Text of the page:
Filmmaker Grace Lee has explored topics as varied as politics, food, zombies, and even other women who share her name. The thread that ties her body of work together? Things that she can’t stop thinking about. “It all stems from some very personal thing I want to explore,” said Lee over the phone. “If I don’t have a personal obsession with it, I’m not going to work on it.”
Those interests led Lee to investigate the experiences of women of color in politics, culminating in her latest documentary And She Could Be Next (CAAMFest 2020 Documentary Award). Back in 2016, when the possibility of the first female president of American seemed just within reach, producer Jyoti Sarda approached Lee with the idea. Even though Hillary Clinton didn’t win the White House, the themes of female political candidates and the growing clout of voters of color remained relevant. “All these other factors and the way the demographics are shifting, and all of the work that I’ve done until now about communities of color and women immigrants, it just felt like the right time to make a political documentary that centered on women of color,” says Lee.
In June, Lee—along with Marjan Safinia and Jyoti Sarda—premiered And She Could Be Next over two nights on PBS. The two parts followed seven women of color at the center of the New American Majority through their 2018 campaigns. Some stories led to being sworn in at the Capitol; others ended in election night disappointment.
Women in politics is a thread that runs through Lee’s recent work. Leading up to the 2012 elections, Lee produced the film Janeane from Des Moines, which followed a fictional white Midwestern mom to the Republican National Convention. While working on an episode of Makers, a 2013 PBS series about women’s rights in America, Lee first met Rashida Tlaib. Like Lee, Tlaib was from the Midwest, the daughter of immigrants, and the mother of a young child. “I can really relate to this person,” she recalled thinking after meeting Tlaib—the first time she felt that way about a politician. “I hadn’t really seen that in a politician before. Those are the kinds of subject matter I tend to be interested in my own filmmaking.” Tlaib became one of the main subjects of And She Could Be Next.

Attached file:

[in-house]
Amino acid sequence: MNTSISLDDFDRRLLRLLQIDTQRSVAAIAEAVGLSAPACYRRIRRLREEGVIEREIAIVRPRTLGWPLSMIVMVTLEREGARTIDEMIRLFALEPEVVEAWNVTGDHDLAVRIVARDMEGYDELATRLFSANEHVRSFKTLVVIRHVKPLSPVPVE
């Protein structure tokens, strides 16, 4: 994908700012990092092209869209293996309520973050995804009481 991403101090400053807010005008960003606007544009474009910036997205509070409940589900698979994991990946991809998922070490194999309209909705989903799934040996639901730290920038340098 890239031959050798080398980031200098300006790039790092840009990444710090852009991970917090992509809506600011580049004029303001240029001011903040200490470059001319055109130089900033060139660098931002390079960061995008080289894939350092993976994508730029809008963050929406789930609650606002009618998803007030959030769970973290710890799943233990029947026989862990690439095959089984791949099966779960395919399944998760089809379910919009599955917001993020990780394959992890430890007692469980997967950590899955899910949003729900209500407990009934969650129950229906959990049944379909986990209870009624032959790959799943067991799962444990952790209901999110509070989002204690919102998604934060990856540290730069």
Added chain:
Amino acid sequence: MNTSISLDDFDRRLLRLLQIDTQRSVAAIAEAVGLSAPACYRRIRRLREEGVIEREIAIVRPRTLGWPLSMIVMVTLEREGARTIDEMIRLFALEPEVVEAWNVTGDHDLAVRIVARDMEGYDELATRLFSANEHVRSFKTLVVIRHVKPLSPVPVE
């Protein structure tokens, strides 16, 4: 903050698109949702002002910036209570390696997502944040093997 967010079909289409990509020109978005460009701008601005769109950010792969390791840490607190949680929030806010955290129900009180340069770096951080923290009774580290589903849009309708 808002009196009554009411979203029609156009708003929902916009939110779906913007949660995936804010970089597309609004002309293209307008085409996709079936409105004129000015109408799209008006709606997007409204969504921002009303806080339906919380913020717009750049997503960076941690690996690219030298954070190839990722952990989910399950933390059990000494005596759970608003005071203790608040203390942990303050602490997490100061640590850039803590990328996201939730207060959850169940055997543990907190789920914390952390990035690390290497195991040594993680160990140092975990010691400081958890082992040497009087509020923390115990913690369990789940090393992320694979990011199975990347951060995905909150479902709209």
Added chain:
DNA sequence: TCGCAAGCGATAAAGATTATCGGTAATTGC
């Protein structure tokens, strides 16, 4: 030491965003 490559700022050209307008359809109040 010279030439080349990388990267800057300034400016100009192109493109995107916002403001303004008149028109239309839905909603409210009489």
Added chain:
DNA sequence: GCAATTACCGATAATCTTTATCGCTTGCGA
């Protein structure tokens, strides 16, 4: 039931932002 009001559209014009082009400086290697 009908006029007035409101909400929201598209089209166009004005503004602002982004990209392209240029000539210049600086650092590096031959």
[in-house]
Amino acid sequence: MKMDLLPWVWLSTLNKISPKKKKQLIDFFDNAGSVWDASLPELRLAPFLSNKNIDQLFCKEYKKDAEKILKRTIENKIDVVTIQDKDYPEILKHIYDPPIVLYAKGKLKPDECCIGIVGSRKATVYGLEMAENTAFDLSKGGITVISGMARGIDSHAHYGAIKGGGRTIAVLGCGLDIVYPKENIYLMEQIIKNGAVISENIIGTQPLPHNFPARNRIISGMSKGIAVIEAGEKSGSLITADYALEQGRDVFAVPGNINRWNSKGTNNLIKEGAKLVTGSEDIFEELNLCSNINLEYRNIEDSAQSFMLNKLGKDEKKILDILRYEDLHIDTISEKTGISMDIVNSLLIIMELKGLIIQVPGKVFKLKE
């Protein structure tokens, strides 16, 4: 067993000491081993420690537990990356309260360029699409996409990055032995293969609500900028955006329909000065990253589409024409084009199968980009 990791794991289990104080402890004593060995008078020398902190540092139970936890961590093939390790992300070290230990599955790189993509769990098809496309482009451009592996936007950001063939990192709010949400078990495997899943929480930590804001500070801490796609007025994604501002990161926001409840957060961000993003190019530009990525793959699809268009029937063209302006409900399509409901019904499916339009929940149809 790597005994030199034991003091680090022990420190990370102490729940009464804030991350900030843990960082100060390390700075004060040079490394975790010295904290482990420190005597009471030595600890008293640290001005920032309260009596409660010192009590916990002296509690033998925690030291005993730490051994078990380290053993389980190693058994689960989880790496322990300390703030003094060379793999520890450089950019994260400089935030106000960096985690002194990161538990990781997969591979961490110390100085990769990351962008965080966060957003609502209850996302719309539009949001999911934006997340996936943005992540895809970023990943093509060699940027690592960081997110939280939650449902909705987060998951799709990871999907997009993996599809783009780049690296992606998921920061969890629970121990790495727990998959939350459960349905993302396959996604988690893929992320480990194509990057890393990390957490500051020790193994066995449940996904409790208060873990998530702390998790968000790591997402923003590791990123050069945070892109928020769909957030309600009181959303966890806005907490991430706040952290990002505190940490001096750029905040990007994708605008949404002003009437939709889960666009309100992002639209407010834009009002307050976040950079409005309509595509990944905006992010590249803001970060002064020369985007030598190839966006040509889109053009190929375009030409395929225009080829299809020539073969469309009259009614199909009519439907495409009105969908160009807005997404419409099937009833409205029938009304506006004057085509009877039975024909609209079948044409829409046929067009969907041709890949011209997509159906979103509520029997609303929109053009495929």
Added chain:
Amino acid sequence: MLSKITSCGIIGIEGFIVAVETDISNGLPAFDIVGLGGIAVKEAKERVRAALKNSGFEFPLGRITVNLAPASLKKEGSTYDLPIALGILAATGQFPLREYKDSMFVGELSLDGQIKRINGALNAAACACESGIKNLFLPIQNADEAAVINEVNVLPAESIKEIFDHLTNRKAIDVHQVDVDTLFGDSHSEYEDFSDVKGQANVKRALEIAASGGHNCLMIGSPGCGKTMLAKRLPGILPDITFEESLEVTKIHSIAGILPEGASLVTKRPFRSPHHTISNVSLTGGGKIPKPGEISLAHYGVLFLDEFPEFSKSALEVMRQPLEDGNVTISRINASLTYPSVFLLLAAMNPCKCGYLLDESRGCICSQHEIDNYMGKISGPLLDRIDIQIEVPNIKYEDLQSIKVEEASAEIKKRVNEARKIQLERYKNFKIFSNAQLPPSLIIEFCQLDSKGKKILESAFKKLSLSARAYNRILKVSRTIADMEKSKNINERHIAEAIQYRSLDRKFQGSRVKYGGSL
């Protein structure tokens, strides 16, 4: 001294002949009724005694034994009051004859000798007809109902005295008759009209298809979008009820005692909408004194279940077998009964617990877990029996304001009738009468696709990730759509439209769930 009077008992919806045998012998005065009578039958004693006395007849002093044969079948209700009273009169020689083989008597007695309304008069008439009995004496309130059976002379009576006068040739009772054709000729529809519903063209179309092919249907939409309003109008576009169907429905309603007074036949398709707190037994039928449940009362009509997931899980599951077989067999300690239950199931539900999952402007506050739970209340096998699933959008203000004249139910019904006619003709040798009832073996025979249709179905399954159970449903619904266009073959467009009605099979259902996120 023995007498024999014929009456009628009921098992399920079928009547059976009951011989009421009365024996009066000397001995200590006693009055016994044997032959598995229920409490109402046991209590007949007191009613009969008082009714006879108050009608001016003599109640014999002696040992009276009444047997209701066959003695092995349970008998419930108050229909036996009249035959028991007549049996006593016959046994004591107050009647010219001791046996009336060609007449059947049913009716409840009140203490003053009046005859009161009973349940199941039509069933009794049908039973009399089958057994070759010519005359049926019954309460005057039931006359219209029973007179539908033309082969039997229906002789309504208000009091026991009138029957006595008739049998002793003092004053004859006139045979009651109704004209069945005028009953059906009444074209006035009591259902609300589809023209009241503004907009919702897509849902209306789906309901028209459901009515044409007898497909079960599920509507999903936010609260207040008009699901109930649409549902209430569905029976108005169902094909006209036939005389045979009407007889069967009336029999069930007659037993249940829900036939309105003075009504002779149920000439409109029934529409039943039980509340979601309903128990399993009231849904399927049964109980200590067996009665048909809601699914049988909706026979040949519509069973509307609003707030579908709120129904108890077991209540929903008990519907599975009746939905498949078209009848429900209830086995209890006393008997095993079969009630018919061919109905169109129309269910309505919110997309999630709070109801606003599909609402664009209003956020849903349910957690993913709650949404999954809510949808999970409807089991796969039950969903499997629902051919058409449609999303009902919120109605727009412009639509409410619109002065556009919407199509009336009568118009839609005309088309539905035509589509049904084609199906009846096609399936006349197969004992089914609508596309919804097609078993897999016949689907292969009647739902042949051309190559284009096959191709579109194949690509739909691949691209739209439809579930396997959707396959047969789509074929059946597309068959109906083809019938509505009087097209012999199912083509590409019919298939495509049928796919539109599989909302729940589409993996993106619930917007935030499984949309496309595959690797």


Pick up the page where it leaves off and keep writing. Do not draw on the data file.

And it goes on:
Not every one of Lee’s ideas has turned into a successful production. Her first big project out of UCLA film school was a Korean movie. Pre-production was well underway when the production company shut it down. She packed her bags, came back to the U.S., and started work on what she describes as her “rebound” movie, a mockumentary called American Zombie.
The path of Lee’s career resembles a trail of dominoes: one project triggers an idea for the next. In fact, the underlying message of And She Could Be Next—there’s an organizer in all of us—was inspired by another, earlier, woman of color working for equality.
“I think I learned that while I was making the Grace Lee Boggs film,” Lee reflects. “Being exposed to her ideas, who she is, and what she does really affected me.”
Her friends and connections in Detroit, where she had spent time over a span of 10 years filming American Revolutionary: The Evolution of Grace Lee Boggs, first told her about Rashida Tlaib. And she originally learned about Grace Lee Boggs while filming her 2005 documentary The Grace Lee Project, an idea that had been floating around in her head years before she actually picked up a camera. “I just thought, I don’t think I can do this. This is too self-indulgent. Um, who cares?” she laughs. But people kept telling her about other Asian American women named Grace Lee, who were always described as exemplars of the model minority myth. “Weirdly, people were really into the Grace Lee project,” she says. “People just thought it was a clever idea, and I didn’t really need a lot of money to do it.”